In her role as Head of Vendor Management at Lingo24, Dana Stoica looks after our freelance linguists, the translators that we use, and the different talent that handles other translation-related work (such as proofreaders, copywriters, DTP artists, coders, third-party providers of voiceover, and other services).
In the second edition of Life at Lingo, Dana talks about how she bridges the gap between us and our suppliers, and how the Vendor Management business has changed in her fourteen years (and a few weeks!) with Lingo24.
Let’s start with the present – What does a typical day at Lingo24 involve for you?
My role as Head of Vendor Management usually means what it needs to mean at any given time. It has shifted so much in the last few years, that if we look at this article a year from now, this answer will probably not be applicable anymore.
We’re currently in a transition period with all the automated features we’re working towards. These features are essential – they’ll affect the work VMs do internally and our suppliers, from how we record the information we have about their experience, performance, skills and rates to how they end up receiving work from us and doing the actual work on our in-house Computer-Assisted Translation platform.
These days Vendor Management is not as glamorous as it once was – the job is demanding as customers are always looking for services which can better-deliver on their requirements.
You mentioned that Vendor Management is not as “glamorous as it once was” – can you give me an idea of how Vendor Management worked in Lingo24’s earlier days?
Everything was a lot more manual, therefore a lot more personal. Transactions happened more smoothly, people were more courteous, and relationships were more ingenuous, I suppose you could say. PMs and translators were friends rather than friendly. I actually created my Facebook account for work, as I initially had a bunch of translators as contacts on it, before any of my real-life friends even had an account.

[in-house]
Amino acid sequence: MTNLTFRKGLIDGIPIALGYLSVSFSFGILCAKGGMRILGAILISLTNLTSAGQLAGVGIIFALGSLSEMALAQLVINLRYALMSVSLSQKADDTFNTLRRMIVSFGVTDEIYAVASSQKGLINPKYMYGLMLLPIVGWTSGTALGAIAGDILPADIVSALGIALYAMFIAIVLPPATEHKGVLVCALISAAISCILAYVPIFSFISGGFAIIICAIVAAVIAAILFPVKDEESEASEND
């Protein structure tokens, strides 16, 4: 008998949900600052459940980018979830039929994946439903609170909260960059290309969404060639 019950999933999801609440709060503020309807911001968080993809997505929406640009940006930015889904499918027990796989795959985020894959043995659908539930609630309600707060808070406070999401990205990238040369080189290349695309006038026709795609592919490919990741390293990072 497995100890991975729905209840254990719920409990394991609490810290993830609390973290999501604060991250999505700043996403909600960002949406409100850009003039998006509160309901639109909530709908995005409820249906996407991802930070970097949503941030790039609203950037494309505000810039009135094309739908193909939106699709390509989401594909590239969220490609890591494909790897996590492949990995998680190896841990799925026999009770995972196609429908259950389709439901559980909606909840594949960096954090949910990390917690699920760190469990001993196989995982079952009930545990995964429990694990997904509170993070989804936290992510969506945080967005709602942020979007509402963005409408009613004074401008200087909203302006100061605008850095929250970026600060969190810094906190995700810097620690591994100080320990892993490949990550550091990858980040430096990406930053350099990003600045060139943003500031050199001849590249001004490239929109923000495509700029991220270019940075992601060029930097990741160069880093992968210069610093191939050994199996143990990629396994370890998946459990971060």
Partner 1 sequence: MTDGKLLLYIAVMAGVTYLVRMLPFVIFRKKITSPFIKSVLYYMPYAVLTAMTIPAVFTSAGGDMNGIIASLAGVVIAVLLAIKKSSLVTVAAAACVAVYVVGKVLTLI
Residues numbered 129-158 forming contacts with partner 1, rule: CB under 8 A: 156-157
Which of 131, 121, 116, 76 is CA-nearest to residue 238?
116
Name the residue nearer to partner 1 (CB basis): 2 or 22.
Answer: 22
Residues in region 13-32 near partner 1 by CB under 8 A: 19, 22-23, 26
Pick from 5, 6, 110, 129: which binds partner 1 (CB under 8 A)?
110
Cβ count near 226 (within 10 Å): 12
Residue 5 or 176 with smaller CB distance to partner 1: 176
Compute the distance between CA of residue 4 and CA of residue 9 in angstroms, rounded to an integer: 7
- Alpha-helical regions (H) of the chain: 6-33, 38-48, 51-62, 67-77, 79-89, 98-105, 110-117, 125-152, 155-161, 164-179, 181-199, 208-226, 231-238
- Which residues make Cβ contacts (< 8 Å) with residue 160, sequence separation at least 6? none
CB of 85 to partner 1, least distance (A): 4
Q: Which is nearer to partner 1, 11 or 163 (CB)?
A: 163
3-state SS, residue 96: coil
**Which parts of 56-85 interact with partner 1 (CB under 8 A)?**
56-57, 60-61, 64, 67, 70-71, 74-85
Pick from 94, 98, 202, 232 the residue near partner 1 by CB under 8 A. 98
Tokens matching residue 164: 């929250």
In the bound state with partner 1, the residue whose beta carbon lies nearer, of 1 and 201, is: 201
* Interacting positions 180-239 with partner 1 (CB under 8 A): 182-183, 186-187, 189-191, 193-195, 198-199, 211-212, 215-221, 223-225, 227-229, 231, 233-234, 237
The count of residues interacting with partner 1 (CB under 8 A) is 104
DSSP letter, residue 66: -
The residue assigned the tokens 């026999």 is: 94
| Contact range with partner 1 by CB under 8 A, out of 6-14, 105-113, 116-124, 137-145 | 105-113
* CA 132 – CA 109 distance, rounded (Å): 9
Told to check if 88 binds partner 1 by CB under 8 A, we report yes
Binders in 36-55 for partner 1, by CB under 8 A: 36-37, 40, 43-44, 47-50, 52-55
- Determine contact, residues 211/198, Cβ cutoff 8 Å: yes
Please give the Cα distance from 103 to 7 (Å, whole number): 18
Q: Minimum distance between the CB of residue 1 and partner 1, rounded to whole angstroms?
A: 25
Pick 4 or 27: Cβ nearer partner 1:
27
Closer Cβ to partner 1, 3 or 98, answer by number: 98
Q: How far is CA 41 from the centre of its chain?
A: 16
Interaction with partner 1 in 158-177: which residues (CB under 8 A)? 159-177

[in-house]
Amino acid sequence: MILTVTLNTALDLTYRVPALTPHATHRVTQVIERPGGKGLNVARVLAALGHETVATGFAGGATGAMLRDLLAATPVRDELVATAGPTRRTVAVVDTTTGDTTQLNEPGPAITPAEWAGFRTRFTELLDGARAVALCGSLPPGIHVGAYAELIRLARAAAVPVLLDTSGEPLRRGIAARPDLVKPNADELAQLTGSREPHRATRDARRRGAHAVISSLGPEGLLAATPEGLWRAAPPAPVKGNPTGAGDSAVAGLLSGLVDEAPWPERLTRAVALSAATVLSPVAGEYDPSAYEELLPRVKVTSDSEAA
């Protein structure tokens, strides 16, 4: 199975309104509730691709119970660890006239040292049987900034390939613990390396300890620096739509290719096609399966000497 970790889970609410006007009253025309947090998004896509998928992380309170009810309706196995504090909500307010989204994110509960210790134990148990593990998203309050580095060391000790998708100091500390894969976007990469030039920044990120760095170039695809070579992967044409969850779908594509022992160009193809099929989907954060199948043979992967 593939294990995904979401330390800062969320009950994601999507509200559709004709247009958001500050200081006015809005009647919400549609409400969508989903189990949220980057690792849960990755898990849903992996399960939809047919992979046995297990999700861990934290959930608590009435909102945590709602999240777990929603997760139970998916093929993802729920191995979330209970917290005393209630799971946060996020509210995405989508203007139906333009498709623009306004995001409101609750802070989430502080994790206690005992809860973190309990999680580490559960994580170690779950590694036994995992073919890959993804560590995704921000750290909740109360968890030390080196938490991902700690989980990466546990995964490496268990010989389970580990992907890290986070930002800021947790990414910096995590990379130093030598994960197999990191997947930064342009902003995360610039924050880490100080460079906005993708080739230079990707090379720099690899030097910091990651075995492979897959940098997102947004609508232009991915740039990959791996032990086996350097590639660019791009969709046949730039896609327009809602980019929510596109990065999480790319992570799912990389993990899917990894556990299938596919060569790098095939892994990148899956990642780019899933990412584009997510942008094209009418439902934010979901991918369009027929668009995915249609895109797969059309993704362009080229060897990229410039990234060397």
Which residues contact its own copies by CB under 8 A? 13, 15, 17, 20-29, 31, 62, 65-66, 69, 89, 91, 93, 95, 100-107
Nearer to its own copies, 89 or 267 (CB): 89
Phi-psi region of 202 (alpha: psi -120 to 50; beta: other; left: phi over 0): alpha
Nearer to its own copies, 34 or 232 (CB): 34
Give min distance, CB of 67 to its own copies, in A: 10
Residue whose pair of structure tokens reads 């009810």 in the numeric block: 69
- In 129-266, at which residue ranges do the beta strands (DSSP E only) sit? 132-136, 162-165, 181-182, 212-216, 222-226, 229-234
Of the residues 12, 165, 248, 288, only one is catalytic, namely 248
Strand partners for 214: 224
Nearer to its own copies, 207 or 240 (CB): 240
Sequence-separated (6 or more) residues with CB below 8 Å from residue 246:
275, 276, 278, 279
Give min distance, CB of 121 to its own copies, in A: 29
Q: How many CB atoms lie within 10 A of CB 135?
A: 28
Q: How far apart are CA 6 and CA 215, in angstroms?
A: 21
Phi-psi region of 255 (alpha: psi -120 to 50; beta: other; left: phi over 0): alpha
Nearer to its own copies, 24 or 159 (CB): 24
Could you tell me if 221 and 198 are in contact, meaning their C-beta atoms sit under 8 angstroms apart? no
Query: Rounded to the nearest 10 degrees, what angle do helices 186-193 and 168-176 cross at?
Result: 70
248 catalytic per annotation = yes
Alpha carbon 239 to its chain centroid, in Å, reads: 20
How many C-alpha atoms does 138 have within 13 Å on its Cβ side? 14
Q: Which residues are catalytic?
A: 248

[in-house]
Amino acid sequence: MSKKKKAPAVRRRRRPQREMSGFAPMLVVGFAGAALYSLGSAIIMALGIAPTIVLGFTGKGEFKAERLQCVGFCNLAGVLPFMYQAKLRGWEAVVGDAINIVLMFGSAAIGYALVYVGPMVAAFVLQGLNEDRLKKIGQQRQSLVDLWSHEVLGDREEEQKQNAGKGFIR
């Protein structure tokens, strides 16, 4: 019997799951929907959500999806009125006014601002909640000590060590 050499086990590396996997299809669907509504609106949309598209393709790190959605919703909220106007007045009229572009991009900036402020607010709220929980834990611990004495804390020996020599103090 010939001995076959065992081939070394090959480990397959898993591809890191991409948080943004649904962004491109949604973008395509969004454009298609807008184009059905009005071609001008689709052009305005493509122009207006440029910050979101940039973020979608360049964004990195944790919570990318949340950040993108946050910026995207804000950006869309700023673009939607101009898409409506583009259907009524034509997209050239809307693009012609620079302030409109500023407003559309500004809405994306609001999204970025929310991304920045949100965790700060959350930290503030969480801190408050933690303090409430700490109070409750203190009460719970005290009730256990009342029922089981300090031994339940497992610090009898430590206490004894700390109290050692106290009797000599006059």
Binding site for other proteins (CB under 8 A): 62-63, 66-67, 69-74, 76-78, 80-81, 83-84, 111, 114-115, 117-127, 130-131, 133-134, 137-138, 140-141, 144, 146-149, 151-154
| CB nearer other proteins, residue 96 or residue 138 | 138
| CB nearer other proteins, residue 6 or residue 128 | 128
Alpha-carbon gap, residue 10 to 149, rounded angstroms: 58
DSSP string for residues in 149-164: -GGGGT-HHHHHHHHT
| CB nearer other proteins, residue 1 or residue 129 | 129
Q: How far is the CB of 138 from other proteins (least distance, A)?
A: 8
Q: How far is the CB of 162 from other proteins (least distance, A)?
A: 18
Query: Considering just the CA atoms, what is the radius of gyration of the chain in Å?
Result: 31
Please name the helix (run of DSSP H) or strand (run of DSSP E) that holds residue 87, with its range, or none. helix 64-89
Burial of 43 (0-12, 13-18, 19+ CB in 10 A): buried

What did customers ask for back then?
I think clients have always wanted good quality delivered yesterday – whether that’s nowadays or long ago. In the past they didn’t know much about the work that goes into translation, so they used to underestimate the time it took to complete a translation. I think today they expect it delivered quickly specifically because they are aware of the technologies and processes, but don’t understand their capabilities or the limitations of them.
Are customers today asking for more?
Yes, but it’s not so much because the customers are changing, as it is about the translation world of today. The spread of localisation combined with exacting demands for quality means that we would have probably needed over 300 PMs to carry out the same type of work and keep the relationships we had back then – and at least 30 Vendor Managers. Thankfully, processes and technologies move with the times!
Despite modern trends and working methods making things “less personal”, do you feel that the change has been in general positive for the industry? Or do you feel that “something genuine” has been lost compared to those early relationships?
I think it depends on the generation of linguists we are referring to. Younger translators are a lot more used to the Insta-everything: job offers, replying to emails, using technology to speed up their work, etc. For anything extra, there are so many platforms to share personal views and life events.